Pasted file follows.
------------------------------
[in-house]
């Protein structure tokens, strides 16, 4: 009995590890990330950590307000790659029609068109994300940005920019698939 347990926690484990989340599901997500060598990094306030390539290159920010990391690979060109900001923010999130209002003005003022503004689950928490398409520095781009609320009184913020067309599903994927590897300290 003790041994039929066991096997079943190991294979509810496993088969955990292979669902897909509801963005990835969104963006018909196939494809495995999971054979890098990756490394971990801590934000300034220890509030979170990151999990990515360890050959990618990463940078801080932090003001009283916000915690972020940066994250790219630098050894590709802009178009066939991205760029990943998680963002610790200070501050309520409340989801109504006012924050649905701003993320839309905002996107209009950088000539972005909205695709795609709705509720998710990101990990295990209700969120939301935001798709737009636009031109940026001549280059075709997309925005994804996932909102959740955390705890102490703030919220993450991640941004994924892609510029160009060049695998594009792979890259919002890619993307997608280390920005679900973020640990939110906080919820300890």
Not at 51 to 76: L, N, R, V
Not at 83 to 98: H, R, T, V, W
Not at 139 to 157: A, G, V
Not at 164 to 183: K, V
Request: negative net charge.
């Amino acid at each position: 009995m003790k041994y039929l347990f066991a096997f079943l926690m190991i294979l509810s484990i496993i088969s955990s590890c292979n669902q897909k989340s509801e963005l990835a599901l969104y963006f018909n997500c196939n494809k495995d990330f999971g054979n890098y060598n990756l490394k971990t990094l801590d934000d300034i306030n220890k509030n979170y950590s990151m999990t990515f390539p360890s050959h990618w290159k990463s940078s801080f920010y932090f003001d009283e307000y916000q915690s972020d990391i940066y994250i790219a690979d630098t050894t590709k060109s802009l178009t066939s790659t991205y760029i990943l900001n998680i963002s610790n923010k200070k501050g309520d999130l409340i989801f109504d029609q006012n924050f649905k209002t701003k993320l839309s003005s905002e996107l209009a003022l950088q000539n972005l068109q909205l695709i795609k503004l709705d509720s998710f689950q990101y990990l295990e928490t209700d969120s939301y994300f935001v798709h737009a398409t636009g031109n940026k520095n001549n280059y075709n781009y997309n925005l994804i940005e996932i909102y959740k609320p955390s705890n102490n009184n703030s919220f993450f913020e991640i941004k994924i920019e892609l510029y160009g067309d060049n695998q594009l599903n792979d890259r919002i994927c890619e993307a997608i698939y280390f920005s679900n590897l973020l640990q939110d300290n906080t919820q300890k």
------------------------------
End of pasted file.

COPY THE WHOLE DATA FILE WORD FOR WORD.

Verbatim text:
[in-house]
């Protein structure tokens, strides 16, 4: 009995590890990330950590307000790659029609068109994300940005920019698939 347990926690484990989340599901997500060598990094306030390539290159920010990391690979060109900001923010999130209002003005003022503004689950928490398409520095781009609320009184913020067309599903994927590897300290 003790041994039929066991096997079943190991294979509810496993088969955990292979669902897909509801963005990835969104963006018909196939494809495995999971054979890098990756490394971990801590934000300034220890509030979170990151999990990515360890050959990618990463940078801080932090003001009283916000915690972020940066994250790219630098050894590709802009178009066939991205760029990943998680963002610790200070501050309520409340989801109504006012924050649905701003993320839309905002996107209009950088000539972005909205695709795609709705509720998710990101990990295990209700969120939301935001798709737009636009031109940026001549280059075709997309925005994804996932909102959740955390705890102490703030919220993450991640941004994924892609510029160009060049695998594009792979890259919002890619993307997608280390920005679900973020640990939110906080919820300890």
Not at 51 to 76: L, N, R, V
Not at 83 to 98: H, R, T, V, W
Not at 139 to 157: A, G, V
Not at 164 to 183: K, V
Request: negative net charge.
């Amino acid at each position: 009995m003790k041994y039929l347990f066991a096997f079943l926690m190991i294979l509810s484990i496993i088969s955990s590890c292979n669902q897909k989340s509801e963005l990835a599901l969104y963006f018909n997500c196939n494809k495995d990330f999971g054979n890098y060598n990756l490394k971990t990094l801590d934000d300034i306030n220890k509030n979170y950590s990151m999990t990515f390539p360890s050959h990618w290159k990463s940078s801080f920010y932090f003001d009283e307000y916000q915690s972020d990391i940066y994250i790219a690979d630098t050894t590709k060109s802009l178009t066939s790659t991205y760029i990943l900001n998680i963002s610790n923010k200070k501050g309520d999130l409340i989801f109504d029609q006012n924050f649905k209002t701003k993320l839309s003005s905002e996107l209009a003022l950088q000539n972005l068109q909205l695709i795609k503004l709705d509720s998710f689950q990101y990990l295990e928490t209700d969120s939301y994300f935001v798709h737009a398409t636009g031109n940026k520095n001549n280059y075709n781009y997309n925005l994804i940005e996932i909102y959740k609320p955390s705890n102490n009184n703030s919220f993450f913020e991640i941004k994924i920019e892609l510029y160009g067309d060049n695998q594009l599903n792979d890259r919002i994927c890619e993307a997608i698939y280390f920005s679900n590897l973020l640990q939110d300290n906080t919820q300890k």